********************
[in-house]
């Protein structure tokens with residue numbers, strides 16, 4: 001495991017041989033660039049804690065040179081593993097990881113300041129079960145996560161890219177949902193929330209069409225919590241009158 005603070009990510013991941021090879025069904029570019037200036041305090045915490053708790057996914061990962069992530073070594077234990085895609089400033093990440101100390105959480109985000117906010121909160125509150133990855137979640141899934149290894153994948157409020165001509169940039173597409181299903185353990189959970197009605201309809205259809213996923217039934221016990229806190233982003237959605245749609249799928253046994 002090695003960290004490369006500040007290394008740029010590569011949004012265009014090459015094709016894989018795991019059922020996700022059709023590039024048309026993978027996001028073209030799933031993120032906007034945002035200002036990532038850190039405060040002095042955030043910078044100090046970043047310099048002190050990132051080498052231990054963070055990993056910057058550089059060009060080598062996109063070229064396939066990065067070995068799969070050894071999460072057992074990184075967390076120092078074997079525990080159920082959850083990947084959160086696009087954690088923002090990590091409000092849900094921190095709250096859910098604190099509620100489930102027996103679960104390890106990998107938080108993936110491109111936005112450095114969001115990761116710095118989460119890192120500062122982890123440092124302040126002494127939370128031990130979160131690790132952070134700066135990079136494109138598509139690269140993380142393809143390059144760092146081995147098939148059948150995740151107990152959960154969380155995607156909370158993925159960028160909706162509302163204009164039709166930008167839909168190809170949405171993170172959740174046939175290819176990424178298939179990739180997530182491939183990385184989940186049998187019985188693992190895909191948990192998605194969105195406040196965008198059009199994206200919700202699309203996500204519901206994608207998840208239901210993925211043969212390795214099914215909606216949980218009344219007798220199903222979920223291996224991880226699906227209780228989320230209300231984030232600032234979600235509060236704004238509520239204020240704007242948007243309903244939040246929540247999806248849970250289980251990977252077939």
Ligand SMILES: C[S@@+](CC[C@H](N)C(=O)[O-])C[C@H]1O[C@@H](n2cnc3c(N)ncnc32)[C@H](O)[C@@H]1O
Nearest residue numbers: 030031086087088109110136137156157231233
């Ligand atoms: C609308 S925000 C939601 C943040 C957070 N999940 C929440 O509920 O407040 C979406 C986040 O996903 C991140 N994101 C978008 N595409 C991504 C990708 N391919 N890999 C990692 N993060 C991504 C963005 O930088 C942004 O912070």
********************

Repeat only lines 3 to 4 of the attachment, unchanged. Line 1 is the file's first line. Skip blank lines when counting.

Ligand SMILES: C[S@@+](CC[C@H](N)C(=O)[O-])C[C@H]1O[C@@H](n2cnc3c(N)ncnc32)[C@H](O)[C@@H]1O
Nearest residue numbers: 030031086087088109110136137156157231233